Frantic campaigning on eve of New Hampshire vote

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NEW HAMPSHIRE– Presidential candidates are seizing a last chance to woo undecided New Hampshire voters on the eve of a contest that could redraw the dimensions of the increasingly fractious White House race.

Republican Florida Sen. Marco Rubio is frantically trying to bounce back from a rocky debate performance and billionaire businessman Donald Trump is trying to turn a large lead in the polls into his first victory after coming in second at the Iowa caucuses.


Meanwhile, former President Bill Clinton’s caustic attack on supporters of Vermont Sen. Bernie Sanders, who seems headed for an easy victory on Tuesday, is reverberating through the Democratic race.

The latest CNN Poll of Polls of New Hampshire released Monday showed Trump and Sanders well ahead going into the first-in-the-nation primary.

Sanders led Clinton 54% to 40%, down slightly from an 18 percentage point lead in the previous Poll of Polls. The former secretary of state has trailed in every public poll since November in a state in which her family’s political brand has traditionally been strong but where Sanders’ liberal politics and regional appeal give him a built-in advantage.

Among the Republicans, Trump headed the field with 31%, topping Rubio at 15% with Texas Sen. Ted Cruz, who won in Iowa, at 13%. Ohio Gov. John Kasich is at 11% and former Florida Gov. Jeb Bush at 10%. New Jersey Gov. Chris Christie is down to 5%. All of the surveys included in the polling average were conducted before Saturday night’s debate, so they don’t reflect any impact from Rubio’s perceived flub.

There are good reasons for the candidates, who collectively have at least 30 events in New Hampshire on Monday, to campaign right up to the finish line.

In the latest CNN/WMUR tracking poll, for example, 30% of likely Republican voters hadn’t made up their minds, nor had 16% of likely Democratic voters.

The two biggest questions heading into Tuesday are whether Rubio’s stumble under Christie’s ferocious fire at Saturday’s GOP debate will trigger a late slump in his support and whether Trump’s wide lead will translate into strong voter turnout.

Christie is crowing that his assault, which led a rattled Rubio to repeat the same line four times while playing into an impression that he is over-rehearsed, had changed the entire race and could stave off a predicted winnowing down of establishment candidates.

He also intensified his claims Monday that Rubio was not ready to lead.

“When the lights get that bright, you either shine or you melt, and we can’t afford to have a president who melts,” he said at a campaign event in Hudson, New Hampshire.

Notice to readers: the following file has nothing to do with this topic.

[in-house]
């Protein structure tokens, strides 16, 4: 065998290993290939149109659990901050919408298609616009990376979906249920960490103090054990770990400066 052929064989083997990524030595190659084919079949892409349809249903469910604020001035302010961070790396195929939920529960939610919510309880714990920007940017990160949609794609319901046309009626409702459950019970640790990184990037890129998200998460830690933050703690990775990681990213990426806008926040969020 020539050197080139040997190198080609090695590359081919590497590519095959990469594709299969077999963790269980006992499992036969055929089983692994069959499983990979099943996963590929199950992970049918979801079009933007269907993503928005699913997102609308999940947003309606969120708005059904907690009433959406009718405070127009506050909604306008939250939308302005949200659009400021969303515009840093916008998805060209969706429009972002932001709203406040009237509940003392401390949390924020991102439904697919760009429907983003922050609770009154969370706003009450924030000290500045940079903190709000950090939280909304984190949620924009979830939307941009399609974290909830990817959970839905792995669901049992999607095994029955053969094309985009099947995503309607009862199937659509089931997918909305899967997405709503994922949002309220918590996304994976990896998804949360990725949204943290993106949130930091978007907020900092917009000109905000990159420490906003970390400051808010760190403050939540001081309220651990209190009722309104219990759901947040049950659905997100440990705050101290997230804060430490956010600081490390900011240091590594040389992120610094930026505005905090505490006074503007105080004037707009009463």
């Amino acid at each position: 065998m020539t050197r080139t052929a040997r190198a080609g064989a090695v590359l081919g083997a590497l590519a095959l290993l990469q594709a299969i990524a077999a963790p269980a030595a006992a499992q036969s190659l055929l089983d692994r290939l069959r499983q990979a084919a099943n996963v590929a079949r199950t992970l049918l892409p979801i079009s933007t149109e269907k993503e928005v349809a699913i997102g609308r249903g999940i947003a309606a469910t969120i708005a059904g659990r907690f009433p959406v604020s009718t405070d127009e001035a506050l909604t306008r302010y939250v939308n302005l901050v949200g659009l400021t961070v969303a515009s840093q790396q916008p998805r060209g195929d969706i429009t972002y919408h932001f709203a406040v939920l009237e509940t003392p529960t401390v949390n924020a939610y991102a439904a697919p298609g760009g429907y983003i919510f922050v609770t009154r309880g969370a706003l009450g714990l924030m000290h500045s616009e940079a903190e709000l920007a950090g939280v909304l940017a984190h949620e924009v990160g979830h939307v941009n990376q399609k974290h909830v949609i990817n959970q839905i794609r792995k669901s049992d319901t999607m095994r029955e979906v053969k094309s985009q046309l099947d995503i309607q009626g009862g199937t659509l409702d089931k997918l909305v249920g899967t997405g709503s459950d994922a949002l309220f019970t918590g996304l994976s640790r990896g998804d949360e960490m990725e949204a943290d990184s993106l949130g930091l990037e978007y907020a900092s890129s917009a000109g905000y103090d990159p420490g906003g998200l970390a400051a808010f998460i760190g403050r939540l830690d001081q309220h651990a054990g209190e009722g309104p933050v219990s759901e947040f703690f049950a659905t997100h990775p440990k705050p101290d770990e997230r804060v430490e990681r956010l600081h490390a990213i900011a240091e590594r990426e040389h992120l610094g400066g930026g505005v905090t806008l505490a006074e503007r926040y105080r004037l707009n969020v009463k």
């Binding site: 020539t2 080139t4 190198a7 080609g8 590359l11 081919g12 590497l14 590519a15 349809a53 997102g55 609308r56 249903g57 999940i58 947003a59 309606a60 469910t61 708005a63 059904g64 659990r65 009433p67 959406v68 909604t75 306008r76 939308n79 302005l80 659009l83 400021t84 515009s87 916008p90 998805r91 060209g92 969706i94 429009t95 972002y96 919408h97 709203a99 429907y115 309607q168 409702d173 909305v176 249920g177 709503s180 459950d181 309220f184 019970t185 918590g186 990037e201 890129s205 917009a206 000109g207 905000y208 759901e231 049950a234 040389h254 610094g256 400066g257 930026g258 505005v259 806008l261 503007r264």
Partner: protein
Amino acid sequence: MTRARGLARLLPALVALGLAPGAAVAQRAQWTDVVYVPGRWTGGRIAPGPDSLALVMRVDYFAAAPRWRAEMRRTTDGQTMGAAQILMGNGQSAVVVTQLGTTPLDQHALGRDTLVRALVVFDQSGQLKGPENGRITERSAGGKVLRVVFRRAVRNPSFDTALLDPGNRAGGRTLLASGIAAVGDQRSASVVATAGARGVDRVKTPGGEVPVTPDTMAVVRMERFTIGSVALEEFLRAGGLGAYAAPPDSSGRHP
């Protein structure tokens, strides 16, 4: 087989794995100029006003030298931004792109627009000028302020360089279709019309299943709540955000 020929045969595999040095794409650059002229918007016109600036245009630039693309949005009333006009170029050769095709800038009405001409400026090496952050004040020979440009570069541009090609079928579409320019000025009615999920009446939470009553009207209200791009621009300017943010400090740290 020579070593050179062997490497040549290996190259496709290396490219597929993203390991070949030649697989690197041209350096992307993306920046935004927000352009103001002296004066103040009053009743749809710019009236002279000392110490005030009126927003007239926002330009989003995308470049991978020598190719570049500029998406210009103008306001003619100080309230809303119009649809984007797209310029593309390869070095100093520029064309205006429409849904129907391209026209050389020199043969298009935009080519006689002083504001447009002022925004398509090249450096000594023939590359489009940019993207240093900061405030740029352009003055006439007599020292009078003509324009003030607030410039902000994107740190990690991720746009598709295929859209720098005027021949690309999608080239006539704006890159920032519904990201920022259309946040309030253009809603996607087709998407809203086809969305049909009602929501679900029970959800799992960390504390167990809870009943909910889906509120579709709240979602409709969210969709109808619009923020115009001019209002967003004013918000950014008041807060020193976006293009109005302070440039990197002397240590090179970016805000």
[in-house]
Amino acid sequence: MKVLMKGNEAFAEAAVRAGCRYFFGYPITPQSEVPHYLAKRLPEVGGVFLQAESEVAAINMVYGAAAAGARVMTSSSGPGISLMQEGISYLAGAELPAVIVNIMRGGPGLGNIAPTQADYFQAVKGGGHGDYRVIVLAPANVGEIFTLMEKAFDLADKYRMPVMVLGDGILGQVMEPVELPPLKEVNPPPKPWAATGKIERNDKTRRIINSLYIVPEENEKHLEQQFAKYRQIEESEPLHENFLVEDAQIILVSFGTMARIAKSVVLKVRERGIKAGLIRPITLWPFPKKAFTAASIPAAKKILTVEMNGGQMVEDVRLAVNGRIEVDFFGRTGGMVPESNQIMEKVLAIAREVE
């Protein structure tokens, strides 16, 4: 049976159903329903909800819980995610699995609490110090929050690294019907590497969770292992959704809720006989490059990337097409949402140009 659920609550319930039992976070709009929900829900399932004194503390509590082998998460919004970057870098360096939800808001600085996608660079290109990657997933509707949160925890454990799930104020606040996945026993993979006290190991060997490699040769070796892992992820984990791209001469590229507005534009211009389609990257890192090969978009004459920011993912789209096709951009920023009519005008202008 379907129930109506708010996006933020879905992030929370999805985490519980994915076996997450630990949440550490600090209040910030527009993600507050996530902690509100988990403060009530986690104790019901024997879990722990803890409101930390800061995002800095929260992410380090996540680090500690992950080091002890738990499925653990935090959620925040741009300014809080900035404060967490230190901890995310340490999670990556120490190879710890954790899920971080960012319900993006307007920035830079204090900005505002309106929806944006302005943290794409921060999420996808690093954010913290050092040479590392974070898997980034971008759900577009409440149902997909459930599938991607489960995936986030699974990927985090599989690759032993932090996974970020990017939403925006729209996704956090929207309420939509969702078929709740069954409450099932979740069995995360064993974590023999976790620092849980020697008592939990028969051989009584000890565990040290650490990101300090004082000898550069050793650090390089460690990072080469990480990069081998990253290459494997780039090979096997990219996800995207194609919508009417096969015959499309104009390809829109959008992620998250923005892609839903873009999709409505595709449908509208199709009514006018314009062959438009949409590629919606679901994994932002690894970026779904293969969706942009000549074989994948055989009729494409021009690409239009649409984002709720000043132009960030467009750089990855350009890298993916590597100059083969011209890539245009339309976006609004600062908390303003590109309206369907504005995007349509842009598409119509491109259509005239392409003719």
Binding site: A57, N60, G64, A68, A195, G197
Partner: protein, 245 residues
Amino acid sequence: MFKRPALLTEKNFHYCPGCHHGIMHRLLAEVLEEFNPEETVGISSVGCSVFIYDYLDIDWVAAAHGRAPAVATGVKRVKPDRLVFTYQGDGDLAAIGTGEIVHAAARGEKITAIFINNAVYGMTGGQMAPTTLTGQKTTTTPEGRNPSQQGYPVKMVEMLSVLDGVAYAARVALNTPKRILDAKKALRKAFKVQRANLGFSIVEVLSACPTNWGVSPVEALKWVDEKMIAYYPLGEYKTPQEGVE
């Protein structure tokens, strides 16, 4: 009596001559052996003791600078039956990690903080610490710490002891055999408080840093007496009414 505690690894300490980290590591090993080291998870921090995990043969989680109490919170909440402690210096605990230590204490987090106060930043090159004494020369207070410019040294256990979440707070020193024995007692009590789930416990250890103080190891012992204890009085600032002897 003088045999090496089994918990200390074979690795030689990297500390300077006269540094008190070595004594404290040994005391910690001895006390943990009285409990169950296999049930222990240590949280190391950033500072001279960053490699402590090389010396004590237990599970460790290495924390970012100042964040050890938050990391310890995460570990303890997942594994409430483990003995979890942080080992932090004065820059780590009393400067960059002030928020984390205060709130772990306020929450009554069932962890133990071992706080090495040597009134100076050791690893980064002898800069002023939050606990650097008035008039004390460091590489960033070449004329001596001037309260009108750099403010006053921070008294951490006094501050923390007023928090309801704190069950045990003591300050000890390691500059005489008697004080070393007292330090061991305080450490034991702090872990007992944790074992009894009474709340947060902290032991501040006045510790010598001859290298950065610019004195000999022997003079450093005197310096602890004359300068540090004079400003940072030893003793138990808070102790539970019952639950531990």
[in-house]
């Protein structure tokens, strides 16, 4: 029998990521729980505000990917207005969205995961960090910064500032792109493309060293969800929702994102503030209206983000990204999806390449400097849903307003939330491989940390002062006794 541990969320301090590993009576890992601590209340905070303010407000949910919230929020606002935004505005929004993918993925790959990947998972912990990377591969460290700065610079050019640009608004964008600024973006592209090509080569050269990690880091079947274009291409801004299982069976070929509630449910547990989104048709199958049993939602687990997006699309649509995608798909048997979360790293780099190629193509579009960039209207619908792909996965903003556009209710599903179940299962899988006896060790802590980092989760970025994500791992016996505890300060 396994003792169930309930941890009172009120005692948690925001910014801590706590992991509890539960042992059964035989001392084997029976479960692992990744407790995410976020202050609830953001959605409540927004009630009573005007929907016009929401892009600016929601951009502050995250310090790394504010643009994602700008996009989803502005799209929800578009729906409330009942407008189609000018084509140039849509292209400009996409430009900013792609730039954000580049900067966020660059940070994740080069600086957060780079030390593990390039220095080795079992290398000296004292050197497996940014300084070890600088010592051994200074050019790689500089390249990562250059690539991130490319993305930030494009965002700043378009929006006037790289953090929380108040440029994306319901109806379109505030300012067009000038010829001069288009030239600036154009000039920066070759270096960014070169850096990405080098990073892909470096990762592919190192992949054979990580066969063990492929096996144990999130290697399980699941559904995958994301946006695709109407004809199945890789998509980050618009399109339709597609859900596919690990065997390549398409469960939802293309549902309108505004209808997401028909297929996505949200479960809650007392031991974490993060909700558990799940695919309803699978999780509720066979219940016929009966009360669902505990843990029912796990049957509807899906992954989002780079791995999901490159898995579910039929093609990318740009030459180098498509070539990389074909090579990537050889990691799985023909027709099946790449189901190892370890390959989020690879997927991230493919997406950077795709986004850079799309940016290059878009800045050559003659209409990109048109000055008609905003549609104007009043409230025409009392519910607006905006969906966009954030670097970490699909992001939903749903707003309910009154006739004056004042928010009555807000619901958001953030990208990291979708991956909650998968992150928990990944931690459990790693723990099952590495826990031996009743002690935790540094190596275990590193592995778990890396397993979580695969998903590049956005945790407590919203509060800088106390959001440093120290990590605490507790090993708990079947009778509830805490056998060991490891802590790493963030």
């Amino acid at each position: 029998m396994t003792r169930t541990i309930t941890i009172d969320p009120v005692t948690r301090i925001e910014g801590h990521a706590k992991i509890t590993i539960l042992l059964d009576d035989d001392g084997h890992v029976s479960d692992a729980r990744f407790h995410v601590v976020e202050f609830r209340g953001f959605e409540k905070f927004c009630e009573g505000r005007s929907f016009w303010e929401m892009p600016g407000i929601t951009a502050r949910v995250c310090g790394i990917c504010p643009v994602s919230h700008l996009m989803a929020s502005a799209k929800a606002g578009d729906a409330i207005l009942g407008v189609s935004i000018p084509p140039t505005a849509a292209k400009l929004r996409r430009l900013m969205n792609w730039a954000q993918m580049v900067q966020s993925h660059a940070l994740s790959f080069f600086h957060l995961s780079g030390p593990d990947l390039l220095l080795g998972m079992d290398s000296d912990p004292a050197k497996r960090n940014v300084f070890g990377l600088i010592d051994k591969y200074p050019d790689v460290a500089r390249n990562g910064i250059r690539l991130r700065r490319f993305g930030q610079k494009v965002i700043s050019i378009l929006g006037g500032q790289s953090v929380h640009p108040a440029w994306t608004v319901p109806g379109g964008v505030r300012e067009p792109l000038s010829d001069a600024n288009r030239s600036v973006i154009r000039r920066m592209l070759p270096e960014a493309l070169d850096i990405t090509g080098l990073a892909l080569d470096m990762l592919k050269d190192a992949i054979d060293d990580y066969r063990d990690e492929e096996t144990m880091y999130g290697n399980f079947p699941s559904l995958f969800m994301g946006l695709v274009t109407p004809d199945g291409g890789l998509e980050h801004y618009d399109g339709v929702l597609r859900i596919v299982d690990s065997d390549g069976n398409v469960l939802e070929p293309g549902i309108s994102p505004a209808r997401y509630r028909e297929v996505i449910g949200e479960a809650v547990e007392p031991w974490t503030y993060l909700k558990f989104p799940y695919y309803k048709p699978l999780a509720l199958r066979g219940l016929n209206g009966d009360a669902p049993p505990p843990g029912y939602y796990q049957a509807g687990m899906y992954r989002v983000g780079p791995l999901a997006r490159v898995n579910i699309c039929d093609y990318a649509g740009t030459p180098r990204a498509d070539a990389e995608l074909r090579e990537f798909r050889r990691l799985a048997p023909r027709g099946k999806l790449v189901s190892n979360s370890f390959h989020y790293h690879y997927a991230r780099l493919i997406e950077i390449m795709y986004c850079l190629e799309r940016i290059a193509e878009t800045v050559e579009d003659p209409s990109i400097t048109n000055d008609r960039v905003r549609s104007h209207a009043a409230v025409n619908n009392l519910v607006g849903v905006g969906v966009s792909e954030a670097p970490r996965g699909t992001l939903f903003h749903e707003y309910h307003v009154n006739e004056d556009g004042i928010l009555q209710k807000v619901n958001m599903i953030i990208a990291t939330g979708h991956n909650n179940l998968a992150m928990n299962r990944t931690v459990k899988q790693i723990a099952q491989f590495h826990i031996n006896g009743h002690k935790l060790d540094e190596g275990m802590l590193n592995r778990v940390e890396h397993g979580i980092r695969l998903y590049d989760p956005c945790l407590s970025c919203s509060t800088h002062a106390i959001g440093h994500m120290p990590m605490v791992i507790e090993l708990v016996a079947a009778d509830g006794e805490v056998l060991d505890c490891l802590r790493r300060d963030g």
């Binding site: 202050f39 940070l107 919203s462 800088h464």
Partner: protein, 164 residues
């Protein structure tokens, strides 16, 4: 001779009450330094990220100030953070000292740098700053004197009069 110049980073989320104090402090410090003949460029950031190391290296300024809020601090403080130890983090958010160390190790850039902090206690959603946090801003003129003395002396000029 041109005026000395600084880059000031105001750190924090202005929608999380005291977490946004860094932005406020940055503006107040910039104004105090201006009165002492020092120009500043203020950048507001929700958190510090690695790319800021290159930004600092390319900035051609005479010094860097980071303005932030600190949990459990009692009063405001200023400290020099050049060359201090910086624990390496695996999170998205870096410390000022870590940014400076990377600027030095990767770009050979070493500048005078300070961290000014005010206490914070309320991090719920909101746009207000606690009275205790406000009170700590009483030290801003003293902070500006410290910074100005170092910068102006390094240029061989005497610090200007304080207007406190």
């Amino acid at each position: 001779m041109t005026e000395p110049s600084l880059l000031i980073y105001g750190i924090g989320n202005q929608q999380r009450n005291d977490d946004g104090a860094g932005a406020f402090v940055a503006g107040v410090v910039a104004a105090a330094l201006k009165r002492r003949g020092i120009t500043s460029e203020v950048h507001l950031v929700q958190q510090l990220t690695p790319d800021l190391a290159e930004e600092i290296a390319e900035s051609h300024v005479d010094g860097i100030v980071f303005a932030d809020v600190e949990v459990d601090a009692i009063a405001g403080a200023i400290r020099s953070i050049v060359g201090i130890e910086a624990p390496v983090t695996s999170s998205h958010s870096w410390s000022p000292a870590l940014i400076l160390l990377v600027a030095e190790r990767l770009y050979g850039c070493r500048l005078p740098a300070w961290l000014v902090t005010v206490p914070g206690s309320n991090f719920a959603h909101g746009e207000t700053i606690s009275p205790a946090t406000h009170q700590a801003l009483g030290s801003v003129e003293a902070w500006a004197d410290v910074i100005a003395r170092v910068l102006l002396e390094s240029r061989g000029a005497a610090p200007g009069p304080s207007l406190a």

Bush also drilled down on the idea that Rubio is not yet ready to be president on CNN’s “New Day” on Monday: “He’s a gifted speaker, he’s a gifted person, but he has nothing in his background to suggest that he could make a tough decision.”

Christie, Bush and Kasich are hoping that Rubio’s rough night halts momentum he built up coming third in Iowa. A strong second place in the Granite State would enhance Rubio’s case that he is best-positioned to consolidate opposition to Trump and Cruz.

Rubio is trying to repair the damage from Saturday’s stumble, in which he repeatedly took refuge in what seemed a scripted attack on President Barack Obama when he was being challenged on his own record by Christie. The exchange played into the New Jersey Governor’s argument that his opponent is a slave to talking points.

Rubio has tried to turn the episode, which is still sending shockwaves through the campaign two days later, into an attack on journalists he claimed were desperate to halt his momentum and keen to defend the President — and defiantly rolled out exactly the same line he deployed in the debate.

“I don’t care how much it outrages the media, I’m going to keep saying it: Barack Obama is trying to change the United States of America,” Rubio wrote in a fundraising appeal to supporters.

Trump, for his part, hinted Sunday that he understands how crucial New Hampshire is to his campaign.

“I could say to you if I came in second and third I’d be thrilled, okay? I know all about expectations,” Trump told CNN’s Dana Bash on Sunday. “If I came in second I wouldn’t be happy, okay?”

The Democratic race between Clinton and Sanders is also getting increasingly nasty with a clash over the former New York senator’s ties to Wall Street and her campaign’s attacks on his foreign policy.

On Sunday, Bill Clinton slammed the Vermont senator’s supporters who he said subjected opponents to “vicious trolling and attacks that are literally too profane often — not to mention sexist — to repeat.”

“The online campaign is, ‘Anybody who doesn’t agree with me is a tool of the establishment,'” Clinton argued.

Michael Briggs, spokesman for the Sanders campaign, called the comments “disappointing” in a statement to CNN.

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